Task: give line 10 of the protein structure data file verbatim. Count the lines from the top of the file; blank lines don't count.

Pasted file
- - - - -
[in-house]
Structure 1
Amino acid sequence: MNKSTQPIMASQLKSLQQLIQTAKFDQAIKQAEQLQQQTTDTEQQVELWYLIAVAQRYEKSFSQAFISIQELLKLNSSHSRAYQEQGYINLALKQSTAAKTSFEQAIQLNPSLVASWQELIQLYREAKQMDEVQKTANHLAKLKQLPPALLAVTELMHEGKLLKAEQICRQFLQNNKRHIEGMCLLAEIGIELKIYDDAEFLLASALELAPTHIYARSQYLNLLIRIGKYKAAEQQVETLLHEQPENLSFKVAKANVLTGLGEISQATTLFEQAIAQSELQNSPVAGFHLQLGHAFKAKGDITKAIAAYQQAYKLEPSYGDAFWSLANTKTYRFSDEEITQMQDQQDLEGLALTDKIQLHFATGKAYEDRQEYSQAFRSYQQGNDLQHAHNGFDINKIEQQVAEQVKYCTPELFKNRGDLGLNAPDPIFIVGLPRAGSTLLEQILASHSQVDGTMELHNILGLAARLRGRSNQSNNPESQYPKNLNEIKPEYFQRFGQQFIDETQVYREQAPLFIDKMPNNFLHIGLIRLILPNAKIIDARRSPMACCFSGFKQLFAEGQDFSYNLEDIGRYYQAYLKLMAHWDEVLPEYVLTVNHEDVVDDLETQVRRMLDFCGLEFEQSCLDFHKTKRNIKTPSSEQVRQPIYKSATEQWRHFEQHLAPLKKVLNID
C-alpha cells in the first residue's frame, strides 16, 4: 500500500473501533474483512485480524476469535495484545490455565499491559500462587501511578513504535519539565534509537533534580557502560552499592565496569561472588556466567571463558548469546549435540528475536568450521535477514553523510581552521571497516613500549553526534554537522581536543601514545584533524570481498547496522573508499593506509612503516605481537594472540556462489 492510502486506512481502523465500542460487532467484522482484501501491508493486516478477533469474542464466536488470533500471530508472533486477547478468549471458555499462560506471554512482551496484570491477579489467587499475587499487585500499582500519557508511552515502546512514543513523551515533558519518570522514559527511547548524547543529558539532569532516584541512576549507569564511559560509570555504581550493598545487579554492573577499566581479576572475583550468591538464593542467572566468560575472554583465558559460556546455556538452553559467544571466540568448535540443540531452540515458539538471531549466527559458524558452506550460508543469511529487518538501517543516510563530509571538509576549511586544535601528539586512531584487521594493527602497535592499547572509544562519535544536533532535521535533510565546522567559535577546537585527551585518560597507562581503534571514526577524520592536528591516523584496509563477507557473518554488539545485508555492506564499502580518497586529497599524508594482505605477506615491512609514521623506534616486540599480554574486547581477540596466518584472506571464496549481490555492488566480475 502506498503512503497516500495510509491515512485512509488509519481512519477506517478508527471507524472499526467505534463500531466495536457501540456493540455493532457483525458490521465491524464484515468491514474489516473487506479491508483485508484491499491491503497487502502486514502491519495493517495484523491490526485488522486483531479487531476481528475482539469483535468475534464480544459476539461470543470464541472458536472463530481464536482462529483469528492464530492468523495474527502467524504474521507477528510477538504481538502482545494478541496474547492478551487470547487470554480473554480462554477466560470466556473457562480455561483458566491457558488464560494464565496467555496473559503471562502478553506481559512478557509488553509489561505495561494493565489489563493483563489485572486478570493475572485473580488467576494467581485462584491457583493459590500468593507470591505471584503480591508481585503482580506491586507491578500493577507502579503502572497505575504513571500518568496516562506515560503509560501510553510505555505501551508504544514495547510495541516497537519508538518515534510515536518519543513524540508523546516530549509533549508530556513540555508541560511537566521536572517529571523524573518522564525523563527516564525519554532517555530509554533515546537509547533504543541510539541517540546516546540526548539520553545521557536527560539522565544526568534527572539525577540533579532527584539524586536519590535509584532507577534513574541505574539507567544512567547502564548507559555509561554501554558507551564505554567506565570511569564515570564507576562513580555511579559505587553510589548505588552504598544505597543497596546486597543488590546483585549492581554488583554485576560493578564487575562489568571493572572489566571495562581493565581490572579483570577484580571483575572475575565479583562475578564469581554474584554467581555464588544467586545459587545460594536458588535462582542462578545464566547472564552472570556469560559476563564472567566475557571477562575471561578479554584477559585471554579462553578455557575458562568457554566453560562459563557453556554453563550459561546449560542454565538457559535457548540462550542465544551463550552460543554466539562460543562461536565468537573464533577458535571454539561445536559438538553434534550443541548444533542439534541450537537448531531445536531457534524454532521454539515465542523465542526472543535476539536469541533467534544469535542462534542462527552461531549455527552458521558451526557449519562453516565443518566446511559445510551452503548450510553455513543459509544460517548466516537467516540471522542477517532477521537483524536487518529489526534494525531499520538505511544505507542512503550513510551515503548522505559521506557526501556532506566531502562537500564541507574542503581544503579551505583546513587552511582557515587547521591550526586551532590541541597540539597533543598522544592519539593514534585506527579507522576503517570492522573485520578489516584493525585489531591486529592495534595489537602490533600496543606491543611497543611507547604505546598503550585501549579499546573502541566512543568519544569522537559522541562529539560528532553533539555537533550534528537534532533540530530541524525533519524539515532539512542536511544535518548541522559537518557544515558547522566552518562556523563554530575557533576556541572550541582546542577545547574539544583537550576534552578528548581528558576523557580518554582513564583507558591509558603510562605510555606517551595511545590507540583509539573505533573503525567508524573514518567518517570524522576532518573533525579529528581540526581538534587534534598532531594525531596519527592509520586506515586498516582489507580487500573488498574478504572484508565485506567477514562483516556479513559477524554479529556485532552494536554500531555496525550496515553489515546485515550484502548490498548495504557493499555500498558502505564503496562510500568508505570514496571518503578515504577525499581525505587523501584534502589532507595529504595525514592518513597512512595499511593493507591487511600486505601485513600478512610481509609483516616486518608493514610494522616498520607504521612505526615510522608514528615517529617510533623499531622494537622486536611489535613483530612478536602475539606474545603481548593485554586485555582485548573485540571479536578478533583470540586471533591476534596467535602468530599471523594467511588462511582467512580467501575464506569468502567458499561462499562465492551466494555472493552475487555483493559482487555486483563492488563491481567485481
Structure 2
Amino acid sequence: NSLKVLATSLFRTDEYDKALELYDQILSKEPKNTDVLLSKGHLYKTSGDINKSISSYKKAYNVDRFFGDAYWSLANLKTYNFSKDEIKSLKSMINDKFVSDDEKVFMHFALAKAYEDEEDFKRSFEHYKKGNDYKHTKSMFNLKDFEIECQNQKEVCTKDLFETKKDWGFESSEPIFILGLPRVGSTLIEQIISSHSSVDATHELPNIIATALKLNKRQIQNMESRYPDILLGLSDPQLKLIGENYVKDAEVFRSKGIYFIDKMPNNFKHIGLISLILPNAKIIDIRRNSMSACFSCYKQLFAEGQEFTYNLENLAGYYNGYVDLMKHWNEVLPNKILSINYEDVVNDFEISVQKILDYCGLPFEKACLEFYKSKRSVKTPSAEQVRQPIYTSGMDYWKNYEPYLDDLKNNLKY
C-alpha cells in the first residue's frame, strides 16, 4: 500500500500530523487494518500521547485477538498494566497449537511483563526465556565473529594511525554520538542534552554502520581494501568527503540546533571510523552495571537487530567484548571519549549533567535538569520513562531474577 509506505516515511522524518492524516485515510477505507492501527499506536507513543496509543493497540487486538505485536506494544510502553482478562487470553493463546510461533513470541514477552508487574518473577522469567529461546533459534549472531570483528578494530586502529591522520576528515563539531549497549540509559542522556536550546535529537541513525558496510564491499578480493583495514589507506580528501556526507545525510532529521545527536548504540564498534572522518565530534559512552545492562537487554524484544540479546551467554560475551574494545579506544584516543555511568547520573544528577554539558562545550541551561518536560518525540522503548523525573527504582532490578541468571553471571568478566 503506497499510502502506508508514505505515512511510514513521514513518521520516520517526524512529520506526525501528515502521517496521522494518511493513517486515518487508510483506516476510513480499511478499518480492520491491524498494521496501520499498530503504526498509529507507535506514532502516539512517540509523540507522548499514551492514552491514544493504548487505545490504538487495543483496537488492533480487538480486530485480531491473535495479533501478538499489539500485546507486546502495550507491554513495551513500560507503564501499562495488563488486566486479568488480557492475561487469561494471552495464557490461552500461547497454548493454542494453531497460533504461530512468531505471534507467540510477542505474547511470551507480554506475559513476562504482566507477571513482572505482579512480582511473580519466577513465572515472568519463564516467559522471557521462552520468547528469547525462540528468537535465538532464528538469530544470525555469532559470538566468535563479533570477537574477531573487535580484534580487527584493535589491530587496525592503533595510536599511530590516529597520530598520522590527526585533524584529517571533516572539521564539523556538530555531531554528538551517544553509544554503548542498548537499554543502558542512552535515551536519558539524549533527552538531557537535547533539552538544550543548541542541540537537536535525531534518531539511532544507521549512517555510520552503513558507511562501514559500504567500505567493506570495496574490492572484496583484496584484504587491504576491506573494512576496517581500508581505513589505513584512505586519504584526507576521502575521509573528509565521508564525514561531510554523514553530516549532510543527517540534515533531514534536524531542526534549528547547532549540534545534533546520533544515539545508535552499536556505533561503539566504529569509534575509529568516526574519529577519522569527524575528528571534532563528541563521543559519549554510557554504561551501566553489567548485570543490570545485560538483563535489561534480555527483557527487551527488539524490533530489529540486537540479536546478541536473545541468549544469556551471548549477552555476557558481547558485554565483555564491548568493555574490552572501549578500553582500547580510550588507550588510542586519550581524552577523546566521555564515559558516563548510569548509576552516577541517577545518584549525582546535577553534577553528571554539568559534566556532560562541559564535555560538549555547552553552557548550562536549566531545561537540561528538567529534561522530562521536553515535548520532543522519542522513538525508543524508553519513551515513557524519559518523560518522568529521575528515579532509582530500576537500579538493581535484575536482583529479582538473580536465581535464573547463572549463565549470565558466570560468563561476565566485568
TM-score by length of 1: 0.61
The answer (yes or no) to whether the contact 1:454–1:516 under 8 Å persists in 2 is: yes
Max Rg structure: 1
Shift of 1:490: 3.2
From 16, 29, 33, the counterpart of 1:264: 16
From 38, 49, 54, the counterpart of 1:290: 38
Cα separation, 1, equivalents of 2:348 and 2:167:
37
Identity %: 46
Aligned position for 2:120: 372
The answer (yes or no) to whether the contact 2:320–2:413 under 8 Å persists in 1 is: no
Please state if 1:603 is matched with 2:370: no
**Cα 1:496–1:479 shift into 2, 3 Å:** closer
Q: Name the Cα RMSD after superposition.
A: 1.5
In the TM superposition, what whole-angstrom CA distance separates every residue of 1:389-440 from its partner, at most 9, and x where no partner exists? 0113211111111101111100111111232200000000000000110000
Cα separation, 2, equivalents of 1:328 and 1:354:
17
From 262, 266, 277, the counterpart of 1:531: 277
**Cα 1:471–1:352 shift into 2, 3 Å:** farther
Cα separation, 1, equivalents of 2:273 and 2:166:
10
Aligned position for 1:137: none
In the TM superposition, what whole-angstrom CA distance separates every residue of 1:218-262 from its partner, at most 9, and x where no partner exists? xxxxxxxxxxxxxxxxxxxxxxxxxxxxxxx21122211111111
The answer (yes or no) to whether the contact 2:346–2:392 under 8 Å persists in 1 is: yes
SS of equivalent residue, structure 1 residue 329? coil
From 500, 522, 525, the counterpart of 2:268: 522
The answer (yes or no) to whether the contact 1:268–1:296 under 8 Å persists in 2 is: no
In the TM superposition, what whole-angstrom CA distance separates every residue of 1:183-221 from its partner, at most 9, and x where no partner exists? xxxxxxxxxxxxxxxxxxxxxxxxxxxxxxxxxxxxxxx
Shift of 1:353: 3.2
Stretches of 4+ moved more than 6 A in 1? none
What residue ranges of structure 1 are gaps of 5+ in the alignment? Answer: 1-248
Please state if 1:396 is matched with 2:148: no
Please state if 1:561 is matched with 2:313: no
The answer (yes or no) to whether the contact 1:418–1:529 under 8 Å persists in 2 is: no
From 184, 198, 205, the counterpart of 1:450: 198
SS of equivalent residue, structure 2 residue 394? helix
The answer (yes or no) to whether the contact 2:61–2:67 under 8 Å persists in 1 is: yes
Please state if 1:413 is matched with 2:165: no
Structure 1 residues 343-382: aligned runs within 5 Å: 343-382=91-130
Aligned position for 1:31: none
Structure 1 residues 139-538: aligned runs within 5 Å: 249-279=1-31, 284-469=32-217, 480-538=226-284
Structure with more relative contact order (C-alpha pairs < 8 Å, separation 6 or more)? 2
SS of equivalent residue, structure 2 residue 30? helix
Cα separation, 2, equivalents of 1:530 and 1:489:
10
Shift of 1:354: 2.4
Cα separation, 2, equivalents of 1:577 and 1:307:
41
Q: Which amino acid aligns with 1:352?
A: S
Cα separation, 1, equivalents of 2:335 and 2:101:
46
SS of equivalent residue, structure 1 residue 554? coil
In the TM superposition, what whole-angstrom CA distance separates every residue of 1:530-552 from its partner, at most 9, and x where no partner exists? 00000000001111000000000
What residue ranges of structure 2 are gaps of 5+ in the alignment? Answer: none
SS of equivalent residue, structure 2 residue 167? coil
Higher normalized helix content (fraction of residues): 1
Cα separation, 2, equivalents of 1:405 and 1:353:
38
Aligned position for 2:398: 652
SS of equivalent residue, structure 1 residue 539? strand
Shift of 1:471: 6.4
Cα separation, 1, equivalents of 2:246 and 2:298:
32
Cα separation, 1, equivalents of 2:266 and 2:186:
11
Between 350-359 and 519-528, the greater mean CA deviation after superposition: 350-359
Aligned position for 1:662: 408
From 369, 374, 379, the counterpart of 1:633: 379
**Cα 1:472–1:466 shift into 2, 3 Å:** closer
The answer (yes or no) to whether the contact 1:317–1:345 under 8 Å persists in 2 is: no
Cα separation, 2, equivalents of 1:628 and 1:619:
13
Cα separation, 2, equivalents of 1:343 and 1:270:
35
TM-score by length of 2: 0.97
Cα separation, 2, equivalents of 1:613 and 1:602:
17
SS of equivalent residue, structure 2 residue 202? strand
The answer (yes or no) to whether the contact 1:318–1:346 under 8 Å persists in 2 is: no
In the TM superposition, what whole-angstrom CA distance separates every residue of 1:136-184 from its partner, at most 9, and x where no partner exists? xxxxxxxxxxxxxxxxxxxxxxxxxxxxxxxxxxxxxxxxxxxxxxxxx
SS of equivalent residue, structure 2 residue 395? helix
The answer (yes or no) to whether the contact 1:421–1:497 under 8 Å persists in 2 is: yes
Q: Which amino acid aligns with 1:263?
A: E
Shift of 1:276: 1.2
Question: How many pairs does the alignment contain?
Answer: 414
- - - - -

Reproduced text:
Max Rg structure: 1